Places like Disney+ and HBO Max are really vulnerable to this because they have banked on drawing people in with exclusive marquis titles like “Hamilton” or “Wonder Woman 1984.” However, since they are newer, they are still building their original programming catalog, meaning that people can quickly burn through highlight titles. 

See what others are saying: (Los Angeles Times) (Wall Street Journal) (The Hollywood Reporter)

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Paramount+ To Launch March 4

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  • ViacomCBS is launching Paramount+ in the United States and Latin America on March 4 before rolling out to other markets internationally later this year. 
  • The streaming service will be a relaunch and expansion of CBS All Access. It will include content from Nickelodeon, MTV, and more on top of the CBS-focused selection. 

Paramount+ Gets Launch Date

ViacomCBS will be launching its streaming service Paramount+ in the U.S. and Latin America on March 4 before rolling out in more countries throughout the year. 

It will be an expansion and rebrand of CBS All Access, the service the company currently offers that is used by nearly 8 million subscribers. Paramount+ will go beyond the CBS-centric content promoted there, including works from brands like Nickelodeon, MTV, BET, Comedy Central, and the Smithsonian Channel.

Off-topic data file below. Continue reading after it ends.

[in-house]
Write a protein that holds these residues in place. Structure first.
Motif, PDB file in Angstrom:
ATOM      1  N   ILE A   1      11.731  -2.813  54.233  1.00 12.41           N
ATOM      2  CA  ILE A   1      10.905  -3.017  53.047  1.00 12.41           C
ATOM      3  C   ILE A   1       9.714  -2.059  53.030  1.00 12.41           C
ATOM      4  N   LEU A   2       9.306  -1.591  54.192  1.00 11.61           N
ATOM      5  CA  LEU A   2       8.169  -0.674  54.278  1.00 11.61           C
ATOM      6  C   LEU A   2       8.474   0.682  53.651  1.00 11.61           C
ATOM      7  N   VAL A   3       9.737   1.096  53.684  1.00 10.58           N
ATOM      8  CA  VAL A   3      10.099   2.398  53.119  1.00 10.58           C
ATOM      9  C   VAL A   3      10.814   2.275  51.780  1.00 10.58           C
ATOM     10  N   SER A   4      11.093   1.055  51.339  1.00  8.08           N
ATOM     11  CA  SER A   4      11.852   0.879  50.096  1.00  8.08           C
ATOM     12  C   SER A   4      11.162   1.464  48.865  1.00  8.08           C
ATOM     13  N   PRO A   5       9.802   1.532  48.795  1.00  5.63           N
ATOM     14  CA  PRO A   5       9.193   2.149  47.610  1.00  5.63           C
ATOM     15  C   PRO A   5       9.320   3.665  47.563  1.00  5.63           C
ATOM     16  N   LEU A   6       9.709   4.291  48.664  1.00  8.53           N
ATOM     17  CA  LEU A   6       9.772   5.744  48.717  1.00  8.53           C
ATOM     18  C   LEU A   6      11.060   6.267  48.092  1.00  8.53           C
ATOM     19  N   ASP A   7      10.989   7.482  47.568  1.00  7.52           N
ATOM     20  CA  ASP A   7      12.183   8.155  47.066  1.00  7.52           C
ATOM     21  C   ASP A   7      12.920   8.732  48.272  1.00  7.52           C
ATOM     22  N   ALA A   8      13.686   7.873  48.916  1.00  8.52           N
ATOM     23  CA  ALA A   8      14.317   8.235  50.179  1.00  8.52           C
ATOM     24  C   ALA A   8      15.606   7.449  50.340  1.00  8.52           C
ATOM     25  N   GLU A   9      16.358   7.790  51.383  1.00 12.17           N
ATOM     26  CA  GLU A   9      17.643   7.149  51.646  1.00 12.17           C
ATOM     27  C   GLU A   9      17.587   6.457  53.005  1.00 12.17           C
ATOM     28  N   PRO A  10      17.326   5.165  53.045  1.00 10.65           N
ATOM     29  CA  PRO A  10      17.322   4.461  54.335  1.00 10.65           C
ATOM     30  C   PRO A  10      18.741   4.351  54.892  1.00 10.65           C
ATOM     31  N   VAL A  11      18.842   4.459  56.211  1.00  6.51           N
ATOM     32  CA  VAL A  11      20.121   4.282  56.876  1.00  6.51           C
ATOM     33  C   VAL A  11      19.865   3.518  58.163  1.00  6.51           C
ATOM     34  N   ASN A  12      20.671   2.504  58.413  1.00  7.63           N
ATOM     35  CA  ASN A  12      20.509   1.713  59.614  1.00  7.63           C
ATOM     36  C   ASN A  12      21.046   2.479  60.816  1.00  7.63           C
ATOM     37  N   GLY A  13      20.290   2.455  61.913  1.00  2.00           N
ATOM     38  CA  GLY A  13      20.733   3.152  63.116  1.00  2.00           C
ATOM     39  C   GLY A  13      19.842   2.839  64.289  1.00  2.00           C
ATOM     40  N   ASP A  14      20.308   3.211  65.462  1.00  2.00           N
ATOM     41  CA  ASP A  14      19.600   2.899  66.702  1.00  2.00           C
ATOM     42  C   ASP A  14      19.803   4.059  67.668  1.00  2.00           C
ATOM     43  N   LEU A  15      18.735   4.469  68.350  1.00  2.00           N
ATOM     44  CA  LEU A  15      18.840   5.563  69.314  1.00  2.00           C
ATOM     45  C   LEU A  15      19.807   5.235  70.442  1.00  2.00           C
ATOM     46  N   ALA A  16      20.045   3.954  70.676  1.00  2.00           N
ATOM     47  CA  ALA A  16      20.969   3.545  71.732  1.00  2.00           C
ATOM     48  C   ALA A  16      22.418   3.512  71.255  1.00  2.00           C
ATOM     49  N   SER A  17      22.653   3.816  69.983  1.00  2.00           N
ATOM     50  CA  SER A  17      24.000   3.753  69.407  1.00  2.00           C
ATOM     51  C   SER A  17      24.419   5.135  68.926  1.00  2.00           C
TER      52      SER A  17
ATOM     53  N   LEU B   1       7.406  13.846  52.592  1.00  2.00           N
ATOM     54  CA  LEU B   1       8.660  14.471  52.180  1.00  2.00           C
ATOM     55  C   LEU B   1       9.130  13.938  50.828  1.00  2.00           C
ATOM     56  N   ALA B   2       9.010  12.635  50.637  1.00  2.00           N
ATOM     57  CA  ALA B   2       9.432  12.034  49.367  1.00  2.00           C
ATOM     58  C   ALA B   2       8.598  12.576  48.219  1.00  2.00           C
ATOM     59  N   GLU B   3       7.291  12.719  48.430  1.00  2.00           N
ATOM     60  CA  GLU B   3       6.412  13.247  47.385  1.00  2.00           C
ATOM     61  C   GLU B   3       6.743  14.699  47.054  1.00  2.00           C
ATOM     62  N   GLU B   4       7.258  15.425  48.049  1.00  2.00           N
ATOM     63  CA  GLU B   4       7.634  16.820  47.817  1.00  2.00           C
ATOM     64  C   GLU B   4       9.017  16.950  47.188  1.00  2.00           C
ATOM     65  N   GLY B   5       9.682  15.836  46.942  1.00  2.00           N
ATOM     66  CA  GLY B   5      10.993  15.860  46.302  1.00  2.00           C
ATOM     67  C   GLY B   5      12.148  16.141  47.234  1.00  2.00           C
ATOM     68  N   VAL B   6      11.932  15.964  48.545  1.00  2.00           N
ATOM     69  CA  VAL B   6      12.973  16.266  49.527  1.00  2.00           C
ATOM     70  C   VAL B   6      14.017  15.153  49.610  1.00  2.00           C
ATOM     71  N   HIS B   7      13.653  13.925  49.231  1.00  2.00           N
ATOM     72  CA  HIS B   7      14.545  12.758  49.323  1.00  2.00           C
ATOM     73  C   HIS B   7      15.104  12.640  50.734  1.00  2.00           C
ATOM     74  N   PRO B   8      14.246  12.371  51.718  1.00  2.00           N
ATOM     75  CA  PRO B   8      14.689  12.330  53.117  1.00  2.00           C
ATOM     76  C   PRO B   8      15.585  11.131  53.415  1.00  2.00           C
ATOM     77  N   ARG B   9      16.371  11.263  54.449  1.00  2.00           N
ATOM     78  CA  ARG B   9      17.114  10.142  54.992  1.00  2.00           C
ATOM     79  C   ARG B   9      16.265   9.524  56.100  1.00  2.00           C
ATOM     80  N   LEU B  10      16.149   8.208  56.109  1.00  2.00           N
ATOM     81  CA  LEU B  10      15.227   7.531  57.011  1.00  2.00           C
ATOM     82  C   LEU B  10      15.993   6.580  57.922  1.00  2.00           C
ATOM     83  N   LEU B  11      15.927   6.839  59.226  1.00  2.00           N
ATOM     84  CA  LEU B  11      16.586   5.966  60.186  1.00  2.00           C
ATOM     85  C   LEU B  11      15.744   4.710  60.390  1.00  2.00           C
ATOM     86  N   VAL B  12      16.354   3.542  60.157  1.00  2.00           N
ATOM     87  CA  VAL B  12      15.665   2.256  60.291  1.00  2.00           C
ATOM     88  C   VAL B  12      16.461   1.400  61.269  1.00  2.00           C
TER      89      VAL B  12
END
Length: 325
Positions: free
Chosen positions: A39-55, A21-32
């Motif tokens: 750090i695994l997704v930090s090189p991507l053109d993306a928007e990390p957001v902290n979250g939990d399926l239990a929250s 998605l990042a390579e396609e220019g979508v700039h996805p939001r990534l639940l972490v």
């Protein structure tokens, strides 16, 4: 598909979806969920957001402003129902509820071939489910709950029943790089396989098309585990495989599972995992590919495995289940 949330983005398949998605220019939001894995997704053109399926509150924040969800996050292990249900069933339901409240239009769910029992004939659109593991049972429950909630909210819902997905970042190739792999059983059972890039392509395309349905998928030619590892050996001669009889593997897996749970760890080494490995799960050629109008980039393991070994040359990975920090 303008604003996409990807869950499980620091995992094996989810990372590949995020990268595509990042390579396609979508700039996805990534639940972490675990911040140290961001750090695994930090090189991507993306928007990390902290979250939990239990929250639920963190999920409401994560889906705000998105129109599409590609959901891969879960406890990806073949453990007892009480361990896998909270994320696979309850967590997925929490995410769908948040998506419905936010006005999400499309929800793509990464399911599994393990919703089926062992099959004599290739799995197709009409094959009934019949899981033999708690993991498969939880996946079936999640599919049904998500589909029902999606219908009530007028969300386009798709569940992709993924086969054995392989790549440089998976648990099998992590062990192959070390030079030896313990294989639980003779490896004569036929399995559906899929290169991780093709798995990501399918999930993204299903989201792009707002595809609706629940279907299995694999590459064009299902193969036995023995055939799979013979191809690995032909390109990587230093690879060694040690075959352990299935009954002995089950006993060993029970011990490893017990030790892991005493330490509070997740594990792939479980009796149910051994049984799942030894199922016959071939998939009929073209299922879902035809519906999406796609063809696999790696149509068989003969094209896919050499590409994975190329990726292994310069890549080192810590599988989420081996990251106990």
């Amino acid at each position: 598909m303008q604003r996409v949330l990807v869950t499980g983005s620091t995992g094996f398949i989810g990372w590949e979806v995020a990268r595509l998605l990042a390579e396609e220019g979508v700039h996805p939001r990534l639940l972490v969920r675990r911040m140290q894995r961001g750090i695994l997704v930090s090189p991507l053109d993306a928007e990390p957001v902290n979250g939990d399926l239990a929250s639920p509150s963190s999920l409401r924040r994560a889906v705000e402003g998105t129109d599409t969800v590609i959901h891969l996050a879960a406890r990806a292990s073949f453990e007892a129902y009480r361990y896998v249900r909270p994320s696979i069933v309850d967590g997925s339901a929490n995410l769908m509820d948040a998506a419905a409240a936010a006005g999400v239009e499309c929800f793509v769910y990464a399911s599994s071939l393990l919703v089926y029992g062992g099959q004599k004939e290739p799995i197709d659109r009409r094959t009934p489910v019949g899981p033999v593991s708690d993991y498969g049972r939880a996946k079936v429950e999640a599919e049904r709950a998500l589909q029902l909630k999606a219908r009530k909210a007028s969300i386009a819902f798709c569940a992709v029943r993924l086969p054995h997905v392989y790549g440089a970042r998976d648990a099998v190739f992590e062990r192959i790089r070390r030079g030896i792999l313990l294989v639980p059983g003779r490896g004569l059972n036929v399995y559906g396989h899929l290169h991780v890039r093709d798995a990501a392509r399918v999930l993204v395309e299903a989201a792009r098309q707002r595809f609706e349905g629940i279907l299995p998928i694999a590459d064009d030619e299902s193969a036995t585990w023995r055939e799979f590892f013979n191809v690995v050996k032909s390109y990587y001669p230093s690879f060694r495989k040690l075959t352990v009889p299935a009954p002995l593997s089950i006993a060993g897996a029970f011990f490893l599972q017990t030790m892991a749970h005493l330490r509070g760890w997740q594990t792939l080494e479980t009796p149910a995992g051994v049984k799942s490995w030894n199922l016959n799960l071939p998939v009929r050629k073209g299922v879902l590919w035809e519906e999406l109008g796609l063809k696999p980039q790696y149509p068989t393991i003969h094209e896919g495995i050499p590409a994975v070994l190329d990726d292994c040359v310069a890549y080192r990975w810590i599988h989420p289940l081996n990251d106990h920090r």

More details about their streaming strategy will be released during an investor event on February 24. Right now, ViacomCBS is boasting that the service will have over 30,000 episodes and movies in their catalog, which will also include live sports and breaking news. 

“The Paramount brand is known and loved all around the world, and is synonymous with great entertainment. It’s always brought people together, which makes it a perfect fit for a streaming service that’s uniquely positioned to do the same,” Josh Line the chief brand officer of ViacomCBS said during a brand announcement in September. “The Paramount+ streaming service will elevate ViacomCBS’ iconic family of brands.”

State of the Streaming Wars

Paramount+ has already announced a slew of original projects including a revival of “iCarly” and a series about the making of “The Godfather” titled “The Offer.”

The service is entering an already crowded battlefield as the streaming wars wages on. It will have plenty of uphill battles to fight since brand recognition for Paramount is not nearly as strong as it is for studios like Disney or NBCUniversal. It will also have to compete with Netflix, which leads the pack in subscribers and unveils new content regularly; HBO Max, which will be home to Warner Media’s new theatrical releases; and Hulu, which hosts original content as well as shows currently airing on cable and network television. 

ViacomCBS has not released information on pricing, but that will likely come during or before the February investor event.

See what others are saying: (Variety) (Deadline) (CNBC)